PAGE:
A thinking cap......hmmmmm. Now, where did I put mine? Is that the one with the little propeller on top?
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Message 1904552 - Posted: 3 Dec 2017, 4:02:11 UTC

Back up and running!
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Message 1904558 - Posted: 3 Dec 2017, 4:30:30 UTC - in response to Message 1904535.  
Last modified: 3 Dec 2017, 4:52:14 UTC


. . BTW, just how do you set flags in the event log??
Stephen
. .


In the manager(assuming you use the "Advanced View") go Options -> Event Log Options. And check sched_op_debug

Or edit your cc_config, add <sched_op_debug>1</sched_op_debug>
Or change the 0 to a 1 if sched_op_debug already exists

I'll provide a sample:
<cc_config>
    <log_flags>
        <sched_op_debug>1</sched_op_debug>
    </log_flags>
    <!--- Insert other configuration stuff here -->
</cc_config>


. . Thanks Kiska, I coudn't find that 1st option on my Linux unit but I will look again. If not then the second method might do the trick.

. . OK, I checked them both and that menu option does not exist in the BOINC Manager menus on either Linux box. It is there in the Windows version however so I will play with that version.

Stephen

..
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Message 1904562 - Posted: 3 Dec 2017, 5:16:32 UTC - in response to Message 1904558.  

What version of BOINC are you using Stephen? The Event Log Options are in every Linux version I've installed so far?
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Message 1904566 - Posted: 3 Dec 2017, 5:57:38 UTC - in response to Message 1904562.  

v7.2.42 does not have the event log GUI interface.
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Message 1904582 - Posted: 3 Dec 2017, 8:19:55 UTC - in response to Message 1904566.  

Ohh, I stayed away from the BOINC repository version. I've tried all the versions at Crunchers though.
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Message 1904593 - Posted: 3 Dec 2017, 10:13:44 UTC - in response to Message 1904558.  

... that menu option ... is there in the Windows version however so I will play with that version ...
It is usually helpful at this point in the conversation to refer people to the official documentation so you have an idea what you might be tinkering with.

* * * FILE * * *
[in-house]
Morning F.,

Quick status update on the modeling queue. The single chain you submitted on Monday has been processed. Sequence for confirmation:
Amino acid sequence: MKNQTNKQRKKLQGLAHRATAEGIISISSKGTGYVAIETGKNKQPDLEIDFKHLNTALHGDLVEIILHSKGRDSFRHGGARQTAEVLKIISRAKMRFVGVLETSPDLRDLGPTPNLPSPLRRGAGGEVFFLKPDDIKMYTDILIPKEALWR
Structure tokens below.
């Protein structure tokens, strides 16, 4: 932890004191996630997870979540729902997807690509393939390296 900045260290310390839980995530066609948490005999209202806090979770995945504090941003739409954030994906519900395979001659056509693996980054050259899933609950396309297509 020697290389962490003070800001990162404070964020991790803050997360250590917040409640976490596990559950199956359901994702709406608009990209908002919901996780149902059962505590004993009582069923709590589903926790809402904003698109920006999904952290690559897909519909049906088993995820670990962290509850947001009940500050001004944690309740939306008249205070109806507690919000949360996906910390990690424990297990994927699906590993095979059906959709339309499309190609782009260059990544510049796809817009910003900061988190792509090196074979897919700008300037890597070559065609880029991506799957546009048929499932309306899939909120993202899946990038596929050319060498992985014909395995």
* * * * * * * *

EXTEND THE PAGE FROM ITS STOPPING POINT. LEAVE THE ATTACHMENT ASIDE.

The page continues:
Client configuration

Tip: it's best to start by making a single trivial change using the menu: that writes out a complete, correct, alphabetically sorted, copy of the cc_config.xml file with current or default values. That makes it much easier and safer to make manual adjustments to the values later.
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Message 1904597 - Posted: 3 Dec 2017, 11:07:10 UTC - in response to Message 1904562.  

What version of BOINC are you using Stephen? The Event Log Options are in every Linux version I've installed so far?


. . It is 7.2.42 on both Linux boxes.

. . Actually, the menu under "Options" is surprisingly scarce. Three tabs, one for language selection and exit menu config and one each for HTTP and Socks proxies. That is all there is.

Stephen

??
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Message 1904598 - Posted: 3 Dec 2017, 11:08:27 UTC - in response to Message 1904566.  

v7.2.42 does not have the event log GUI interface.


. . Ah, good to know it isn't something I had done wrong. :)

Stephen

:)
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Message 1904616 - Posted: 3 Dec 2017, 15:07:49 UTC

After all, I'm sitting here with a Win98 machine a few inches from my left knee. I still use it occasionally because that was the last OS with a driver that supports my preferred scanner.
I know that story........I had to scrap a HP Legal Flatbed scanner because the drivers were no longer available when I went to Win 8.1.

Yesterday I had to break the same news to a very nice lady for whom I built a new Win 7 system. It nearly broke her heart because she felt the HP did a better job than her 'new' Epson All-n-One. I had to agree.

As a result I now no longer purchase or use HP products. They don't support their own devices with drivers because they want you to buy a new one. And that's the same reason I will go to Linux when Win 8.1 is no longer supported.

And looking at the stock performance of HP in the last 5 years it would appear a lot of consumers feel the same.

"Sour Grapes make a bitter Whine." <(0)>
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Message 1904622 - Posted: 3 Dec 2017, 15:48:51 UTC

I have a Windows 10 HP 500-152ea which connects via Wifi to a HP Envy 500 printer. The same printer is connected via USB cable to a SUN AM20 workstation of 2008 vintage running SuSE Leap 42.2. The printer acts also as scanner for both systems. It is sometimes more difficult to find the correct drivers for the Linux PC after a kernel upgrade. Another HP Linux laptop is connected via USB cable to a Canon MX395 printer. I have always had the greatest respect for HP products, since using them at the University.
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Message 1904771 - Posted: 4 Dec 2017, 14:17:11 UTC

An HP Laserjet is the only HP device I own.